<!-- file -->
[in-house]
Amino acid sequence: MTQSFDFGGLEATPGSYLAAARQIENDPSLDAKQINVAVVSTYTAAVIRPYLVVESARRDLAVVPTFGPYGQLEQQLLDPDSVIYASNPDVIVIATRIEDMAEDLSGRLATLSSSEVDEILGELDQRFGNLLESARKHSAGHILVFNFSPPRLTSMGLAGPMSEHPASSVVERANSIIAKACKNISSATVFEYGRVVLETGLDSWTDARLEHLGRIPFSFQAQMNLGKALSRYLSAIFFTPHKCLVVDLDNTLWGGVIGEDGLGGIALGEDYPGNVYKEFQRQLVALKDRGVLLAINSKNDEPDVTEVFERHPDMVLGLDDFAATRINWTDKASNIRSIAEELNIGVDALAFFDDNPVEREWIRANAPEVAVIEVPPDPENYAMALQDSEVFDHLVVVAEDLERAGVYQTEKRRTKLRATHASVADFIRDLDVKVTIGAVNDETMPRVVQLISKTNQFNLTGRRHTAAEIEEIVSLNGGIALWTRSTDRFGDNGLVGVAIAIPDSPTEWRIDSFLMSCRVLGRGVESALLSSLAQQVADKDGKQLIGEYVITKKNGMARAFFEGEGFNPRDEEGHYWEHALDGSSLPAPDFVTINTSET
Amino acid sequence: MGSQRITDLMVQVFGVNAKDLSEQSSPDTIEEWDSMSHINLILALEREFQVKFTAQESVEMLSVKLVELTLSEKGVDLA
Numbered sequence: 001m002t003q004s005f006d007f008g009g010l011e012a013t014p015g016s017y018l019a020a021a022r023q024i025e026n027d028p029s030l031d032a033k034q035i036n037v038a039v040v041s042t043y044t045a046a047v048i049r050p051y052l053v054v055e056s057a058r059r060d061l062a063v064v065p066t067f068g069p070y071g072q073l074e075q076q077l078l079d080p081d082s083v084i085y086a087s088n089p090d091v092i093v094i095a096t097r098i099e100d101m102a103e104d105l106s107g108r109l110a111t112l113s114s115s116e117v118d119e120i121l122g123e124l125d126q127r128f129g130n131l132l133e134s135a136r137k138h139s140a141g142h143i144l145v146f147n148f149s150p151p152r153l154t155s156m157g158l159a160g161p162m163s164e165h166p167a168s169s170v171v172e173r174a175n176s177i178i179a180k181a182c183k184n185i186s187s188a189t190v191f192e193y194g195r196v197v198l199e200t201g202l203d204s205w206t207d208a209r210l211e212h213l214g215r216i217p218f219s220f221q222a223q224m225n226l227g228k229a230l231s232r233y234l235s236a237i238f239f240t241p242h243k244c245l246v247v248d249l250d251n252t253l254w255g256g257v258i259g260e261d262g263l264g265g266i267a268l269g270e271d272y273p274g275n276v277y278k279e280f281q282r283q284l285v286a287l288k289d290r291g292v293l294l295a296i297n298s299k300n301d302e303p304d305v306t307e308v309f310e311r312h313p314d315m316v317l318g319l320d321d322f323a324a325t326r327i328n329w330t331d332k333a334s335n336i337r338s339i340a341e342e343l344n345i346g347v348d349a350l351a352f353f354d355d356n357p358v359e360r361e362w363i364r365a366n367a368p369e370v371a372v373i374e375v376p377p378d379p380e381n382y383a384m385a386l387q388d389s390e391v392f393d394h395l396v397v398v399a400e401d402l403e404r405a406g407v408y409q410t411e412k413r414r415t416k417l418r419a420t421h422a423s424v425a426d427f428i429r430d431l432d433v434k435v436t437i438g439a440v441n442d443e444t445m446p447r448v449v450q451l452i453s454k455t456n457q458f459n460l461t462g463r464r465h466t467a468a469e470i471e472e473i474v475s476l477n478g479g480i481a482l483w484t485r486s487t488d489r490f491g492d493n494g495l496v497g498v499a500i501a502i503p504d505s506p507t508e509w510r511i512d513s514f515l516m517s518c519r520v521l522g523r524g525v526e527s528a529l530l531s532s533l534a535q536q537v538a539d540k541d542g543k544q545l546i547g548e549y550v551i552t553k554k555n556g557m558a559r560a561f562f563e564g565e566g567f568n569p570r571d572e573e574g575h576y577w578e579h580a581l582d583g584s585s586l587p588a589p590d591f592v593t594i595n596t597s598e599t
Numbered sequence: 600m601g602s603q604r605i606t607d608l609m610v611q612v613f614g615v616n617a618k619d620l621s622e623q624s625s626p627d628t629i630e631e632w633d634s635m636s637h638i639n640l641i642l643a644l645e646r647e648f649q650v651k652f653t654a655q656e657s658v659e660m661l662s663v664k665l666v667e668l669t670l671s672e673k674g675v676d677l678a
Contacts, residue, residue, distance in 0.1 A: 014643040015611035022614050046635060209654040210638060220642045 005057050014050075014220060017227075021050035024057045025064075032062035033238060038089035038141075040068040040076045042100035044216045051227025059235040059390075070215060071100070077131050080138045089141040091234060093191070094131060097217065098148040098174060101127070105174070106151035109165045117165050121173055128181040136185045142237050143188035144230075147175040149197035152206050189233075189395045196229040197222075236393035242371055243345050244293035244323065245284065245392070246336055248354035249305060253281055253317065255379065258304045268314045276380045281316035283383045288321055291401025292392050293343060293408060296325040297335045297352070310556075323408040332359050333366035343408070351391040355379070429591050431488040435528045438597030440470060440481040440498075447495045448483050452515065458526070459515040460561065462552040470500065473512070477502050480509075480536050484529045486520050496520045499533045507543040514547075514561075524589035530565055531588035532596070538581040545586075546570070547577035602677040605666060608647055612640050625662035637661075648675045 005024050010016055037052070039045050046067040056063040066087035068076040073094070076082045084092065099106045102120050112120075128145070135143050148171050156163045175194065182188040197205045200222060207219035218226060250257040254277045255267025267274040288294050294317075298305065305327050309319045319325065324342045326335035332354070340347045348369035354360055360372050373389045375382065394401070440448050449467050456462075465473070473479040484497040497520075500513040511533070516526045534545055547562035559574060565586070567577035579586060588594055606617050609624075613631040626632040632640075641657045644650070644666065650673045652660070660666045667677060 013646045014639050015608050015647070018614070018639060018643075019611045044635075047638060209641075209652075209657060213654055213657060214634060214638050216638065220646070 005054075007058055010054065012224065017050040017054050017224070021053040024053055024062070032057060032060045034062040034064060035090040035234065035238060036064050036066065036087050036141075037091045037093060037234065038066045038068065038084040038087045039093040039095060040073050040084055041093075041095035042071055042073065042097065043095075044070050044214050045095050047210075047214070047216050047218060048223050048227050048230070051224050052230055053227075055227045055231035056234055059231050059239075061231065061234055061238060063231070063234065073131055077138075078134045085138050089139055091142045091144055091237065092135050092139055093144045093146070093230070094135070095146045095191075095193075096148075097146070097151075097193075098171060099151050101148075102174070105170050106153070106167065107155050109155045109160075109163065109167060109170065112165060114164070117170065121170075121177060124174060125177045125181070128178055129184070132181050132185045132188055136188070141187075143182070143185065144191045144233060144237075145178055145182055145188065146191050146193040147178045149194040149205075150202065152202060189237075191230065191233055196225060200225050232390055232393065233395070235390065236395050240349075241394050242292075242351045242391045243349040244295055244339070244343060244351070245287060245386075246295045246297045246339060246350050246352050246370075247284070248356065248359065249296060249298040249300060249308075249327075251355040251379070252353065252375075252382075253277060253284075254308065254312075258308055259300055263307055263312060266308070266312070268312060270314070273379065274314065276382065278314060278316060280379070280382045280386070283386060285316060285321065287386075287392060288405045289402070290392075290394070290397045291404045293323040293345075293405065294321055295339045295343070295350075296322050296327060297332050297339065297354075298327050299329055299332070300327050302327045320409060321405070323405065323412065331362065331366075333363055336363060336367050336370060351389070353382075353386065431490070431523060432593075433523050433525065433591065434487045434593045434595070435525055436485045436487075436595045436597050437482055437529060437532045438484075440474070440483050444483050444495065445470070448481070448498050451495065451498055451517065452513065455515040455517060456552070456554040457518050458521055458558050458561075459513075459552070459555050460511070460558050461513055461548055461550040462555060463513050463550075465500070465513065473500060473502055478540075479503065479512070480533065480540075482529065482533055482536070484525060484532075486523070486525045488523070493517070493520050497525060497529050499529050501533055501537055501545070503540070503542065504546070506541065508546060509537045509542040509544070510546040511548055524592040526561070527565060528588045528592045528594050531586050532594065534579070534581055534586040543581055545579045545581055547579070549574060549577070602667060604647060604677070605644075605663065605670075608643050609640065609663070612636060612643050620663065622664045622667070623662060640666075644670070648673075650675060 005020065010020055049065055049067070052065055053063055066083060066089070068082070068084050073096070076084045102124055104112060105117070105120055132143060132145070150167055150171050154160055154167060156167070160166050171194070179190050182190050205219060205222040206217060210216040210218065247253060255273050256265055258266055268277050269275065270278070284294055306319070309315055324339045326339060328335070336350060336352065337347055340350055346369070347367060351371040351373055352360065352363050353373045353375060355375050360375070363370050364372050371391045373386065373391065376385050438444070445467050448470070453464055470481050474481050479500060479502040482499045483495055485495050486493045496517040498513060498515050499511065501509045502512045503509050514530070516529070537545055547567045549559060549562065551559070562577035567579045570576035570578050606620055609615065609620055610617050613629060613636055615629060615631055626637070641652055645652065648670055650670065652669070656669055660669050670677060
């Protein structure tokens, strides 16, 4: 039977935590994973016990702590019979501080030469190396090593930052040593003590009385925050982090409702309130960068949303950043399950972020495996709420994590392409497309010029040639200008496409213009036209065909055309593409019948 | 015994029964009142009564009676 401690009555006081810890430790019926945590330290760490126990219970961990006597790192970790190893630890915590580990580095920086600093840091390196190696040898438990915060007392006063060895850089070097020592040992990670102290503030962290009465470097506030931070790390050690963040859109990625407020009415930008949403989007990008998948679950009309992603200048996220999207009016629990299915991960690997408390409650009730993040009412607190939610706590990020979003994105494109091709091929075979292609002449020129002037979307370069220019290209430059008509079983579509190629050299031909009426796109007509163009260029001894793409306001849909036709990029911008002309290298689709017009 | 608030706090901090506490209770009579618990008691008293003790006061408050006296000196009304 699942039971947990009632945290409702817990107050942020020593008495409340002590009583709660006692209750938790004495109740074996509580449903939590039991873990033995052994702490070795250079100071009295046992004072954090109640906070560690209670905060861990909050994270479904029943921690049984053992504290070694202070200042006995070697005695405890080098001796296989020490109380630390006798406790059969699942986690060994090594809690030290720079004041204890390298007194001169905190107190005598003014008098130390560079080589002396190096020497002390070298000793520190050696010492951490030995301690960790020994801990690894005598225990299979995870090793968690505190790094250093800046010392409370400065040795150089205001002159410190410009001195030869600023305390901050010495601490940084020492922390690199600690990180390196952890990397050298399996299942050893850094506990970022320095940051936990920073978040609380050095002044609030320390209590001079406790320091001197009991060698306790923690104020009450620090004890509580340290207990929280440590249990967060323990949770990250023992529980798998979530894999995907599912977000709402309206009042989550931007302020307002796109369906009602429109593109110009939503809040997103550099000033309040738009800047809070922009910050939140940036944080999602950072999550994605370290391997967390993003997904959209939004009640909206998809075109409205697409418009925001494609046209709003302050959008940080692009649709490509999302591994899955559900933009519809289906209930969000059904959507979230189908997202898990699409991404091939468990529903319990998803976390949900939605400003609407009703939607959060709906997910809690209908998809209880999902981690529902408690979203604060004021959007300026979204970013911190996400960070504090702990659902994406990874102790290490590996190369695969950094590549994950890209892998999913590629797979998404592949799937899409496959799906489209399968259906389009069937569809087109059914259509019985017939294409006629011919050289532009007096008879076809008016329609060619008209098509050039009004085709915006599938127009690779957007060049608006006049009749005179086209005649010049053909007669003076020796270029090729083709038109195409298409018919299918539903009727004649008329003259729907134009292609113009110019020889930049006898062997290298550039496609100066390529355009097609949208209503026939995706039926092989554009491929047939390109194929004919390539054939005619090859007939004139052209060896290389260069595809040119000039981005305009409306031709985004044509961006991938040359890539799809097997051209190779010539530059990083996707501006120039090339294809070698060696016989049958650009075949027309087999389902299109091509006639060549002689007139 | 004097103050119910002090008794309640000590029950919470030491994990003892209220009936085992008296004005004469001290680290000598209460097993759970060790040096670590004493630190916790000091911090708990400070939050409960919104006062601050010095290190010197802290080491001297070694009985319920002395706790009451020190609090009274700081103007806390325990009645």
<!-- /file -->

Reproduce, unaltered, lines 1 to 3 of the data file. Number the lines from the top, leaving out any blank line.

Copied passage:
[in-house]
Amino acid sequence: MTQSFDFGGLEATPGSYLAAARQIENDPSLDAKQINVAVVSTYTAAVIRPYLVVESARRDLAVVPTFGPYGQLEQQLLDPDSVIYASNPDVIVIATRIEDMAEDLSGRLATLSSSEVDEILGELDQRFGNLLESARKHSAGHILVFNFSPPRLTSMGLAGPMSEHPASSVVERANSIIAKACKNISSATVFEYGRVVLETGLDSWTDARLEHLGRIPFSFQAQMNLGKALSRYLSAIFFTPHKCLVVDLDNTLWGGVIGEDGLGGIALGEDYPGNVYKEFQRQLVALKDRGVLLAINSKNDEPDVTEVFERHPDMVLGLDDFAATRINWTDKASNIRSIAEELNIGVDALAFFDDNPVEREWIRANAPEVAVIEVPPDPENYAMALQDSEVFDHLVVVAEDLERAGVYQTEKRRTKLRATHASVADFIRDLDVKVTIGAVNDETMPRVVQLISKTNQFNLTGRRHTAAEIEEIVSLNGGIALWTRSTDRFGDNGLVGVAIAIPDSPTEWRIDSFLMSCRVLGRGVESALLSSLAQQVADKDGKQLIGEYVITKKNGMARAFFEGEGFNPRDEEGHYWEHALDGSSLPAPDFVTINTSET
Amino acid sequence: MGSQRITDLMVQVFGVNAKDLSEQSSPDTIEEWDSMSHINLILALEREFQVKFTAQESVEMLSVKLVELTLSEKGVDLA